For over a decade, NPower has been moving people from poverty to the middle class through tech skills training and job placement. It supplies corporations with a pipeline of newly trained diverse students for hard-to-fill tech jobs. One hundred percent of NPower students are unemployed or underemployed, and the majority are Black/African American and Latinx with about a third women of color. Those who are employed when they enroll with NPower typically earn low, hourly wages in the retail, hospitality, and restaurant fields. She indicated, “They are often the first to lose their jobs during times of upheaval and, historically, the last to receive support to stabilize when the job market rebounds. This crisis is an opportunity to revisit the unequal structure of our society and do something differently.”
Despite it all, Ms. Ceccarelli remains optimistic that the technology, healthcare, and financial industries will play a critical role in helping reverse this trend.
After speaking with this inspiring CEO, I thought about all of the diverse populations who were already facing employment challenges pre-COVID-19: Military Veterans, Military Spouses, persons with disabilities, and so many more. While some corporations are re-training their recruiters and hiring managers to reduce “unconscious biases,” it is alive and well. NPower is an example of an organization that is readying its diverse future candidates to shine and compete for jobs. The skills these students learn will stick with them for the long career journey ahead of them.
3. Excluded From “Veteran” Hiring Programs
Over the last 10 years, the combined corporate effort to hire veterans has accomplished its goal and continues to make a huge impact. Although under-employment is still high for veterans and transitioning service members, it is moving in the right direction. And veteran unemployment is at just 3% nationwide.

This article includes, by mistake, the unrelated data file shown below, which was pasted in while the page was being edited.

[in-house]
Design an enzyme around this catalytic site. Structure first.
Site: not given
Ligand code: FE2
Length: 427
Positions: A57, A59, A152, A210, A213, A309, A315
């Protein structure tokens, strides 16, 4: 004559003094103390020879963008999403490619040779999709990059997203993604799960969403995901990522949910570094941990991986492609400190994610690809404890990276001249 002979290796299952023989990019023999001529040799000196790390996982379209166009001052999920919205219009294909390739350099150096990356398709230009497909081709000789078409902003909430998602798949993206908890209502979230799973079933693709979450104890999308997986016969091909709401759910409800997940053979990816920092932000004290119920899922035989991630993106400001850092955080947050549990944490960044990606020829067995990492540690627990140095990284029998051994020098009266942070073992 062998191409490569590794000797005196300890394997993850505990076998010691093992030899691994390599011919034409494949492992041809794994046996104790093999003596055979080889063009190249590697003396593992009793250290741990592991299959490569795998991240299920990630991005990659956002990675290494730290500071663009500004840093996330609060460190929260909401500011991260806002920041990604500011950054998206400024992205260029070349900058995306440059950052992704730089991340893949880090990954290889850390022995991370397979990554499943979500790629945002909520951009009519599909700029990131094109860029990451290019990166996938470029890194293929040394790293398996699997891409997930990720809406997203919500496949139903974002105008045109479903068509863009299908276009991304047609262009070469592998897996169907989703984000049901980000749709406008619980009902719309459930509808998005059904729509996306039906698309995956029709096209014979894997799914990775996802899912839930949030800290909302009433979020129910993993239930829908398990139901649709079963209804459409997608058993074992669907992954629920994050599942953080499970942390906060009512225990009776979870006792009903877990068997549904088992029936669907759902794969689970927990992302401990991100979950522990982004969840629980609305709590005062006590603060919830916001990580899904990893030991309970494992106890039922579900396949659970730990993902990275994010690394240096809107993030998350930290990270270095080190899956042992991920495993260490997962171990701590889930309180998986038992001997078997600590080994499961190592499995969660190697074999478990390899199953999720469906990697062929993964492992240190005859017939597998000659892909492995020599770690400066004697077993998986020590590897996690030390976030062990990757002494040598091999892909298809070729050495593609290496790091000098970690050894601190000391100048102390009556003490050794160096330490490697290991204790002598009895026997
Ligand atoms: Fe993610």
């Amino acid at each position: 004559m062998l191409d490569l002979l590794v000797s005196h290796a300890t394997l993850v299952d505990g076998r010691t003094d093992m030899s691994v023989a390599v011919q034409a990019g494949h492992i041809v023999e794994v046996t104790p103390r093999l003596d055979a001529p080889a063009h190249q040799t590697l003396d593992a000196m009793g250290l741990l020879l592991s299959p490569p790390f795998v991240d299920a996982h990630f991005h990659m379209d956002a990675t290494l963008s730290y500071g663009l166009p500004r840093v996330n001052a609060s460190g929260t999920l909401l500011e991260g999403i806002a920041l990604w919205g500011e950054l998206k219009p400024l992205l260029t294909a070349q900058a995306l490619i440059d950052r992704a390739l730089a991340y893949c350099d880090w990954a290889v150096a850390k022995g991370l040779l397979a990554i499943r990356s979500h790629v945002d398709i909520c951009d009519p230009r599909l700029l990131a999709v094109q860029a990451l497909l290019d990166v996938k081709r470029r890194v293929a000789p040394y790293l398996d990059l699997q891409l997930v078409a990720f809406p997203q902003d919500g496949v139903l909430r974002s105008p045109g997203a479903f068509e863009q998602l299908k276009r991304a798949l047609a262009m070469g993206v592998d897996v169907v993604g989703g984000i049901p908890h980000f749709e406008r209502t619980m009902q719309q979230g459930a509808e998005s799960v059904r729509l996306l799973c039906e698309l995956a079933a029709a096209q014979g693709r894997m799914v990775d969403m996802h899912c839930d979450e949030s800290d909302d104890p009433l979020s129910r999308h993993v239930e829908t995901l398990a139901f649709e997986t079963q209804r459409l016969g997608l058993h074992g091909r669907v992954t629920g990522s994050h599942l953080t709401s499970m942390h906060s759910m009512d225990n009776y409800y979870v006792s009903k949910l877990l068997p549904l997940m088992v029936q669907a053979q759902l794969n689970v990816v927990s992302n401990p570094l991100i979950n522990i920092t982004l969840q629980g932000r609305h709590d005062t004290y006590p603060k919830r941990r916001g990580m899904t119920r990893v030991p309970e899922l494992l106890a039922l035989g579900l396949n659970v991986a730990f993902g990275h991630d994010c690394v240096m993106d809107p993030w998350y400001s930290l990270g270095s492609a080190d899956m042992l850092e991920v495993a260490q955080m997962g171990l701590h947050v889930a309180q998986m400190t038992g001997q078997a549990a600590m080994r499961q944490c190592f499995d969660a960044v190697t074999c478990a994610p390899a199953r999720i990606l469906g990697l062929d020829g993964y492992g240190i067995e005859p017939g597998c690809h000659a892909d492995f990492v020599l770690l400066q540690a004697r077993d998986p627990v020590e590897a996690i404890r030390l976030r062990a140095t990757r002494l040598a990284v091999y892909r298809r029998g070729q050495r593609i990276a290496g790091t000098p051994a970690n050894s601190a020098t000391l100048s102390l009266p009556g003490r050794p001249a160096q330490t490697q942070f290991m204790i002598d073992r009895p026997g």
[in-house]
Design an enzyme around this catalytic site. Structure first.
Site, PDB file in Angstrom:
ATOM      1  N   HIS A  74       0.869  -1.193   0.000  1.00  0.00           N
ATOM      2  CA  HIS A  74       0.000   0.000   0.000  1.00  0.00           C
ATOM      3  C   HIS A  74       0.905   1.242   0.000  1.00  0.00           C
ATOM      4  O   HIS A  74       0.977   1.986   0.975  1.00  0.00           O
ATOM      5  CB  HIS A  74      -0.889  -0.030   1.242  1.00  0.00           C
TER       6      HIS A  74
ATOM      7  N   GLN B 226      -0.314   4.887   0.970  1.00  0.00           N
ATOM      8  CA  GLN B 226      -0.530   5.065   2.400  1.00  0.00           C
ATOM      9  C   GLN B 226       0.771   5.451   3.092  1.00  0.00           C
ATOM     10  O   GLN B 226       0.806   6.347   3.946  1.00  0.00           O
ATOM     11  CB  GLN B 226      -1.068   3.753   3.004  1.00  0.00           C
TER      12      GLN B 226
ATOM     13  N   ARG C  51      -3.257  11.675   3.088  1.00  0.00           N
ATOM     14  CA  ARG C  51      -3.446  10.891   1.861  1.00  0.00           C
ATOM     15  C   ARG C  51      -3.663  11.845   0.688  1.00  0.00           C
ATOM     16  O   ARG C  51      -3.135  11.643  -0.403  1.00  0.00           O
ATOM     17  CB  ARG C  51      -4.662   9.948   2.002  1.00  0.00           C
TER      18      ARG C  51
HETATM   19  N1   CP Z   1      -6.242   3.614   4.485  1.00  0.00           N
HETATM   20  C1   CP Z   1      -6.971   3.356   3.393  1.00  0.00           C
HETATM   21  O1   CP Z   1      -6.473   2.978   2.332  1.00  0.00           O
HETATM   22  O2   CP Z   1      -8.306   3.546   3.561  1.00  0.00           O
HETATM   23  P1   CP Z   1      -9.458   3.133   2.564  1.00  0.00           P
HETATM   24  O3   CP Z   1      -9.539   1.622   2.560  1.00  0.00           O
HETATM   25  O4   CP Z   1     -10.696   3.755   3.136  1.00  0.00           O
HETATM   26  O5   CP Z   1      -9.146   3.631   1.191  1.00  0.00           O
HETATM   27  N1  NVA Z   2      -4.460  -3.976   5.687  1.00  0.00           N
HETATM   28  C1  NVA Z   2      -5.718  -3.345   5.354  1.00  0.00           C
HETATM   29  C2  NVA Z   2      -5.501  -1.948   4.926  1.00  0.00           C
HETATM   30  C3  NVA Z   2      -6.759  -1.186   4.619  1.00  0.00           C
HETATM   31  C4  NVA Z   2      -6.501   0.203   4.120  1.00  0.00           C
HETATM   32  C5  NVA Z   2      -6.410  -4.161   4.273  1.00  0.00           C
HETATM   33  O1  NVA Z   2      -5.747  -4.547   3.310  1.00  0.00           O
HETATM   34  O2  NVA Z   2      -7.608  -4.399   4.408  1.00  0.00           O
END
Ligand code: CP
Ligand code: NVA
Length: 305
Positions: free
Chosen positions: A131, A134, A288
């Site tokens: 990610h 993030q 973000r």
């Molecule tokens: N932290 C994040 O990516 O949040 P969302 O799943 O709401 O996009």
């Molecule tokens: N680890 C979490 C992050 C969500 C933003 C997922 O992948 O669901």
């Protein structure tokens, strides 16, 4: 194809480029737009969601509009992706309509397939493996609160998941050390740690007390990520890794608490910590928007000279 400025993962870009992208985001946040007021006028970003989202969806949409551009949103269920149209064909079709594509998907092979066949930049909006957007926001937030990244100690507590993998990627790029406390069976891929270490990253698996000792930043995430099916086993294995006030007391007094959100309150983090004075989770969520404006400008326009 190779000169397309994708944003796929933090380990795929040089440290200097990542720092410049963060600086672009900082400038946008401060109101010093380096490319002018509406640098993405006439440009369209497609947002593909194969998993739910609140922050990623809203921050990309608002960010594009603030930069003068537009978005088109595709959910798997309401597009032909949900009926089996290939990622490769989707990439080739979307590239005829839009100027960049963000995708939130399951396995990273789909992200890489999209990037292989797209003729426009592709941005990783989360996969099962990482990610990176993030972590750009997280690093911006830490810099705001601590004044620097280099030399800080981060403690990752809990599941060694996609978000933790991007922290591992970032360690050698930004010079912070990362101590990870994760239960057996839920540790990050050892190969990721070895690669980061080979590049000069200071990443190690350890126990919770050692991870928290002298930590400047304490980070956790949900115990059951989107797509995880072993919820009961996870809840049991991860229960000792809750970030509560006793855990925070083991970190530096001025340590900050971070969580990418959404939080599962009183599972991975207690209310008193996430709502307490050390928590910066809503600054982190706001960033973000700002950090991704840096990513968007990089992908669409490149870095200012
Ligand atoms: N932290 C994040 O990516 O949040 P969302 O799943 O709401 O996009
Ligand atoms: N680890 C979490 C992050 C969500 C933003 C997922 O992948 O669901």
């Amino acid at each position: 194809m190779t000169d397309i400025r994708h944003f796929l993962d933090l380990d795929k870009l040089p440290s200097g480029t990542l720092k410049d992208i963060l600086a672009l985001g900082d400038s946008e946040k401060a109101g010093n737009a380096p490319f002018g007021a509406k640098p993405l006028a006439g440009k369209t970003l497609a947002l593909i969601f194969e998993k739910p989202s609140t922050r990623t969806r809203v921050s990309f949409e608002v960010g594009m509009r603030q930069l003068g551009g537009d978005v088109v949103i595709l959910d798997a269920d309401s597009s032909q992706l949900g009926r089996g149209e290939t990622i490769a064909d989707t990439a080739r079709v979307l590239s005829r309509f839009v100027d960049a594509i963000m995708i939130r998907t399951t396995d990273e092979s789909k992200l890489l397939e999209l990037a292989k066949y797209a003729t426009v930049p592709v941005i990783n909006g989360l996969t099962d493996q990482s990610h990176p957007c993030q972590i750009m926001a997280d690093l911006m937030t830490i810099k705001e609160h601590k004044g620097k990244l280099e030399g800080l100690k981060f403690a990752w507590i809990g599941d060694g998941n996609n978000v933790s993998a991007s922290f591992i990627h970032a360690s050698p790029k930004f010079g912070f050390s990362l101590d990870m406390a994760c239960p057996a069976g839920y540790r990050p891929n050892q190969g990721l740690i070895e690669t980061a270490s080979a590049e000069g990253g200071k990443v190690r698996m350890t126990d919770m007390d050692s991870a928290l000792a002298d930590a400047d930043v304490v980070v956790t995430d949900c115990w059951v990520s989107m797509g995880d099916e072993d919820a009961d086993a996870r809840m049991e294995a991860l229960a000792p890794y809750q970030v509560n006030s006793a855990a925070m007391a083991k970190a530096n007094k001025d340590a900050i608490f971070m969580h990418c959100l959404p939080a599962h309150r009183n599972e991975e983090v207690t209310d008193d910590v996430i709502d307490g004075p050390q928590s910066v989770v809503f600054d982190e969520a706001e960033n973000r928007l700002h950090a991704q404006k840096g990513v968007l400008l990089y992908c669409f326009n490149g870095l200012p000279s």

However, for many companies, military spouses are not included in their veteran hiring metric.
It’s tricky for companies, too, since it is hard to know if someone is really a military spouse. Military spouse job seekers are torn on whether they should be “loud and proud” about being a military spouse or if they shouldn’t mention it due to the negative biases they face.
What Can You Do?
Companies should strive to hire more military spouses because:
- They are diverse — most are female and represent wide ethnic and cultural diversity.
- They are highly educated, hardworking, and adaptable.
- They are customer-focused.
- They are fierce learners. Give them a challenge and they will exceed expectations.
- With flex work on the rise and a skilled worker gap, their cross-group collaboration and communications experiences make them an ideal fit.
If you are hiring and welcoming military spouses, share your open positions with your local or leading national U.S. military spouse support organizations. I donate my services to a few of these, including the United Service Organizations, Hiring Our Heroes, and Blue Star Families. There are plenty more out there as well. Also, make sure your remote positions are on FlexJobs.com.
When you encounter a military couple (veteran, active duty, National Guard/Reserve), please don’t just thank the veteran, but go out of your way to thank their spouse for their support to our country. There is so much awareness-building and action we need to take for these men and women.